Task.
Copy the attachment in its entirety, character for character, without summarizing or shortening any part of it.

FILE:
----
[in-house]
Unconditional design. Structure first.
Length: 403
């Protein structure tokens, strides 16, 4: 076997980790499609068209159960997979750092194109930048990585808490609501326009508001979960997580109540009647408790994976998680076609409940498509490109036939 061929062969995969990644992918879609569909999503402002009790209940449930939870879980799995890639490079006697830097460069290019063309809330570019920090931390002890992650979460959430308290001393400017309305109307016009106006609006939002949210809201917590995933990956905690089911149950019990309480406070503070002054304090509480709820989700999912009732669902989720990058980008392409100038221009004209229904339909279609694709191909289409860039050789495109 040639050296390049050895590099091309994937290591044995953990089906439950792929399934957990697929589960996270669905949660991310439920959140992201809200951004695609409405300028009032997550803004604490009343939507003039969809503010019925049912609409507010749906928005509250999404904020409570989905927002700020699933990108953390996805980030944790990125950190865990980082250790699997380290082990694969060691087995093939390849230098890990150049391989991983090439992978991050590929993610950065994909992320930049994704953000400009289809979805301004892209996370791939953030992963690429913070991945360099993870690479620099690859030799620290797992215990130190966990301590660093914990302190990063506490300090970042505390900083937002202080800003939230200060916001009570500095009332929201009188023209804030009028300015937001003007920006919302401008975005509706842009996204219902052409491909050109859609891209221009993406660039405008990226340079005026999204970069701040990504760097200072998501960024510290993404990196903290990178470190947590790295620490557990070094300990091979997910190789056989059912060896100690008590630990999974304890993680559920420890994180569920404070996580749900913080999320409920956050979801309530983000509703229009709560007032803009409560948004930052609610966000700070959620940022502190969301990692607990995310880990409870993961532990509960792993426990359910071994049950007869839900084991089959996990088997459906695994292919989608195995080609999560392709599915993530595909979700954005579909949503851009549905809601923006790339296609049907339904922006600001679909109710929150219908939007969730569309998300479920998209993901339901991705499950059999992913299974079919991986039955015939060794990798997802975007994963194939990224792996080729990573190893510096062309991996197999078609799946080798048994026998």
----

[in-house]
Unconditional design. Structure first.
Length: 403
């Protein structure tokens, strides 16, 4: 076997980790499609068209159960997979750092194109930048990585808490609501326009508001979960997580109540009647408790994976998680076609409940498509490109036939 061929062969995969990644992918879609569909999503402002009790209940449930939870879980799995890639490079006697830097460069290019063309809330570019920090931390002890992650979460959430308290001393400017309305109307016009106006609006939002949210809201917590995933990956905690089911149950019990309480406070503070002054304090509480709820989700999912009732669902989720990058980008392409100038221009004209229904339909279609694709191909289409860039050789495109 040639050296390049050895590099091309994937290591044995953990089906439950792929399934957990697929589960996270669905949660991310439920959140992201809200951004695609409405300028009032997550803004604490009343939507003039969809503010019925049912609409507010749906928005509250999404904020409570989905927002700020699933990108953390996805980030944790990125950190865990980082250790699997380290082990694969060691087995093939390849230098890990150049391989991983090439992978991050590929993610950065994909992320930049994704953000400009289809979805301004892209996370791939953030992963690429913070991945360099993870690479620099690859030799620290797992215990130190966990301590660093914990302190990063506490300090970042505390900083937002202080800003939230200060916001009570500095009332929201009188023209804030009028300015937001003007920006919302401008975005509706842009996204219902052409491909050109859609891209221009993406660039405008990226340079005026999204970069701040990504760097200072998501960024510290993404990196903290990178470190947590790295620490557990070094300990091979997910190789056989059912060896100690008590630990999974304890993680559920420890994180569920404070996580749900913080999320409920956050979801309530983000509703229009709560007032803009409560948004930052609610966000700070959620940022502190969301990692607990995310880990409870993961532990509960792993426990359910071994049950007869839900084991089959996990088997459906695994292919989608195995080609999560392709599915993530595909979700954005579909949503851009549905809601923006790339296609049907339904922006600001679909109710929150219908939007969730569309998300479920998209993901339901991705499950059999992913299974079919991986039955015939060794990798997802975007994963194939990224792996080729990573190893510096062309991996197999078609799946080798048994026998």